Reiki for Veterans: Healing the Wounds of War

Flags at Stacey Blvd

Photo ©  Jay Alpert. Reprinted with permission.

Thank You for Your Service!

Dreamtime Wellnesses™ is ‘Giving Back’ to Veterans throughout the month of November.

A Chance Meeting With a Word War II Veteran  –  A couple of days ago, I rode the elevator at the medical building where I have an office. A man riding the elevator with me mentioned, “I don’t care much for elevators.”  Since I work with people in my professional practice to help them overcome fear including ‘fear of elevators,’ his mentioning this led to a conversation we may not otherwise have had.

Turned out Jack, (not his real name) is also afraid of other closed-in spaces, crowds, and fireworks that he related began while on active duty. I asked ‘Which war did you serve in?’ and was shocked to hear “World War 2.” He looked much younger than his stated age of “92.”

We spent the next twenty minutes in the freezing cold as Jack shared his experiences, then and now. Jack said, “four soldiers were from one street in Peabody. I was the only one that made it home.” Jack kept apologizing for “taking up my time.” What he didn’t know is that I so loved talking to him and could have spent hours listening to his story.

Back then, the veterans of WWII and even Korean and Vietnam Wars had little support for what is now diagnosed as Post Traumatic Stress Disorder (PTSD.) Most of the returning soldiers never spoke about their experiences, not even with their families.

Remembering My Uncles That Served in WWII.

My Four Uncles Serving in World War II – Four out of my eight uncles saw combat in World War 2. My cousin Cindy recently gifted me a beautiful book (*excerpts from her book) about our family’s WWII history, for which am most grateful.

Cindy’s father (Uncle Mike) was on the European front. My other three uncles from our mother’s side all saw combat in the Pacific. “They all participated in key battles in the war and were awarded numerous wards for their participation and bravery.”(*) Cindy had two other uncles on her father’s side that served, ‘Babe’ and Anthony who were also on the European front. All of our relatives survived the war.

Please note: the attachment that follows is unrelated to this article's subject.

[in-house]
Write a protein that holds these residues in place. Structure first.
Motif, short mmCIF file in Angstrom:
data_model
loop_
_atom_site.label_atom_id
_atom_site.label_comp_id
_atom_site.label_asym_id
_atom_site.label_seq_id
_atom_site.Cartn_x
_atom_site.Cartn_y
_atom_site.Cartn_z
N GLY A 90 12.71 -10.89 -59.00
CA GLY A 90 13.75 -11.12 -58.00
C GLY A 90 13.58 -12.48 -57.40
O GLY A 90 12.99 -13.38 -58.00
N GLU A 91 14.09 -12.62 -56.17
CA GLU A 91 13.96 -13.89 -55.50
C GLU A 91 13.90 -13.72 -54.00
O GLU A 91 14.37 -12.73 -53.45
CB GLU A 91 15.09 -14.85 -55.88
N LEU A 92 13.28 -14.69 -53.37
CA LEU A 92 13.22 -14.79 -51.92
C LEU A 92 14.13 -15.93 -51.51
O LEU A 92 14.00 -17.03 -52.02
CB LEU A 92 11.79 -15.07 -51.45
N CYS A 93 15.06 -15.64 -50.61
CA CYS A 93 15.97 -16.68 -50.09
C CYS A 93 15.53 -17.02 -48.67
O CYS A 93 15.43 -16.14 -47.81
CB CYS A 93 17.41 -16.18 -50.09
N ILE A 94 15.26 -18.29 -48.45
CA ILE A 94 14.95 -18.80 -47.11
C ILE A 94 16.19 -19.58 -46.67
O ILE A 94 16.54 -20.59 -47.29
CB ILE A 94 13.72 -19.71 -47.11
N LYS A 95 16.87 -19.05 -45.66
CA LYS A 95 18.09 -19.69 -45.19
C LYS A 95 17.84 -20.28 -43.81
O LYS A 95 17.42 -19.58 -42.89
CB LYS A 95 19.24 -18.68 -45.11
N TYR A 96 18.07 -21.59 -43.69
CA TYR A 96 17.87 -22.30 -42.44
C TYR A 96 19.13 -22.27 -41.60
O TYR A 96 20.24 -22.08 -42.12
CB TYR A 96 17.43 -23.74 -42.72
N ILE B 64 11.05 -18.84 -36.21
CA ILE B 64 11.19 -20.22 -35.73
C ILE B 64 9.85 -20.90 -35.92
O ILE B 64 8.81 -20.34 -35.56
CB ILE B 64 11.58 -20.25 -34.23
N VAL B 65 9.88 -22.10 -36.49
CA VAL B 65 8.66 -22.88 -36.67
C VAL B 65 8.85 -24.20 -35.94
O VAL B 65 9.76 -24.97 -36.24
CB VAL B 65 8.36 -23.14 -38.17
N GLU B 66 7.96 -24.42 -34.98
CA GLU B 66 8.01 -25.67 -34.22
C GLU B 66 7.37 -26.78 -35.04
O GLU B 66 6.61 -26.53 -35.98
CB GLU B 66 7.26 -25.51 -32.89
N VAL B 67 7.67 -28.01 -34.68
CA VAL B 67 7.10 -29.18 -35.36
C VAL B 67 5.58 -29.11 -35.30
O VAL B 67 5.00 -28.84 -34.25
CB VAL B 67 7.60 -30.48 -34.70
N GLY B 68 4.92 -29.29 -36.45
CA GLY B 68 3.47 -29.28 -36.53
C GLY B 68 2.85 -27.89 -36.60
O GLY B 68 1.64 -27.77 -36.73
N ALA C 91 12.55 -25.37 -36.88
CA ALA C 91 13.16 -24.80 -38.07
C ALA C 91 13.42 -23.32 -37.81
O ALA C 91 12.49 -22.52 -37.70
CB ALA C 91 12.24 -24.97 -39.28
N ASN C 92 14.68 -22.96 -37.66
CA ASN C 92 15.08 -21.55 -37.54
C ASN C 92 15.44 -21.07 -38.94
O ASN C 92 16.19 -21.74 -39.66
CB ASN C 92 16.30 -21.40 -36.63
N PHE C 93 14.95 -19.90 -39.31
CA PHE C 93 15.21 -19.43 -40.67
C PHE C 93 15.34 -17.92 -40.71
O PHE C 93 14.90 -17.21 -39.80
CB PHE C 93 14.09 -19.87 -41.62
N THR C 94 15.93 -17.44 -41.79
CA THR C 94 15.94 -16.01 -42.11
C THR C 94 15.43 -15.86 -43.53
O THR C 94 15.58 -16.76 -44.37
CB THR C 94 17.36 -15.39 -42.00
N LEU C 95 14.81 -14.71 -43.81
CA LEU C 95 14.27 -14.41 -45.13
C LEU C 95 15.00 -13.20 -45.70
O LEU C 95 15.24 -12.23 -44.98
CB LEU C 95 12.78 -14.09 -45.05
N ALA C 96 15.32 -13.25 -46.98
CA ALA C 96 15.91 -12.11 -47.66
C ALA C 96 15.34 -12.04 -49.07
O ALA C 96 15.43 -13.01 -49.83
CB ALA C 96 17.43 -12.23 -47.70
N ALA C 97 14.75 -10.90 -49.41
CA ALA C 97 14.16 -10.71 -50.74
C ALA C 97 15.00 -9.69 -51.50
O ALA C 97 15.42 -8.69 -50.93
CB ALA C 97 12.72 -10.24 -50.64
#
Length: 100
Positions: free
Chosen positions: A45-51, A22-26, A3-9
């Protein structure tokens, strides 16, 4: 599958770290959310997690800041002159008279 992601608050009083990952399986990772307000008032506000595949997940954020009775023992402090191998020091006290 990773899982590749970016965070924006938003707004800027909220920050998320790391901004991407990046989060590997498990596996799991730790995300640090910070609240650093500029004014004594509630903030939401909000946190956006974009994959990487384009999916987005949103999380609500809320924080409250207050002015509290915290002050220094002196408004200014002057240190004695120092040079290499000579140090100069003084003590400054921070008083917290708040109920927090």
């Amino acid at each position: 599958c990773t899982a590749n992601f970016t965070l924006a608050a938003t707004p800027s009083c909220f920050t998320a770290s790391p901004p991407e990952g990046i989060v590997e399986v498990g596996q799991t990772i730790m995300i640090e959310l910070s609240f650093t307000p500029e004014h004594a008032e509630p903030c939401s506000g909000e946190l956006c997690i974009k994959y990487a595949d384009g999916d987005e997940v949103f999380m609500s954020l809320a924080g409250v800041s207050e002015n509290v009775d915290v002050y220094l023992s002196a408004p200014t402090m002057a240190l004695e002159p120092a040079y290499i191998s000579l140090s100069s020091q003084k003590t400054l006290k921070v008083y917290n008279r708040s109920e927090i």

Uncle Warren – Warren was our remaining WWII family survivor, until this past January when he died at the age of 96. He started off in the Navy but was transferred to the Marines as a Corpsmen. “Warren saw about 25 days of constant battle on Iwo Jima.” (*)

Soft-spoken and mild-mannered, I could never imagine my Uncle Warren (or any of my uncles) being in combat. Warren came home from the war with permanent hand-tremors, his only visible ‘scars.’ Many years later, Uncle Warren had the opportunity to return to Pearl Harbor on a U.S. carrier, along with his grandson Michael. There he told me he had the opportunity to “speak with and shake the hands” of former soldiers from Japan, which seemed to be very healing for him.

Uncle Al – Of all my uncles, Al spoke the most about his experiences in WWII, sometimes choking up and with tears in their eyes. He was in the Philippines and Papua New Guinea. I loved looking at his photo albums, which reminded me of  National Geographic. Al, a medic received an individual Bronze Star for rescuing and saving some wounded soldiers. “Al had a distant cousin from New Hampshire that was one of the men that assisted in raising the flag on Iwo Jima.” (*)

Uncle Stan – Stan received 3 Bronze Stars while in WWII. He also rarely spoke about WWII. He returned from the Philippines with a pair of bamboo sandals which he gave to his mother, but which have since returned to the Philippines and are now on display there in a museum. (*)

Uncle Mike – Mike was in Germany and the only one physically wounded but refused his Purple Heart because “my mother would have a heart attack if she received a letter stating I had been wounded. He was awarded 5 Bronze Stars, later replaced by a Silver Star.” (*) Prior to enlisting, he worked at Sentinel TV and was responsible for the radio communications equipment.” (*) Uncle Mike was a man of few words, and I don’t recall him ever talking about the war. He died (too) young at the age of 59 of a heart attack, taking his ‘wounds’ to his grave.

My Mother and Aunt’s Role in WWII – My mother and her twin sister (Cindy’s mother) both now 90 years old, worked in a factory that made raincoats for the military. Mom relates a story where she slipped a piece of paper with a note into a pocket of one of the raincoat.

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Thank You for Your Service – Special Offerings for Veteran’s Day

Flags at Stacey Blvd

Photo ©  Jay Alpert. Reprinted with permission.

Thank You for Your Service – Promoting Security and Peace, Home and Abroad.

United States Military Offering Integrative Therapies as Adjunctive (Supportive) Therapies for Veterans with Traumatic Brain Injury (TBI) and Post Traumatic Stress Disorder. (PTSD.)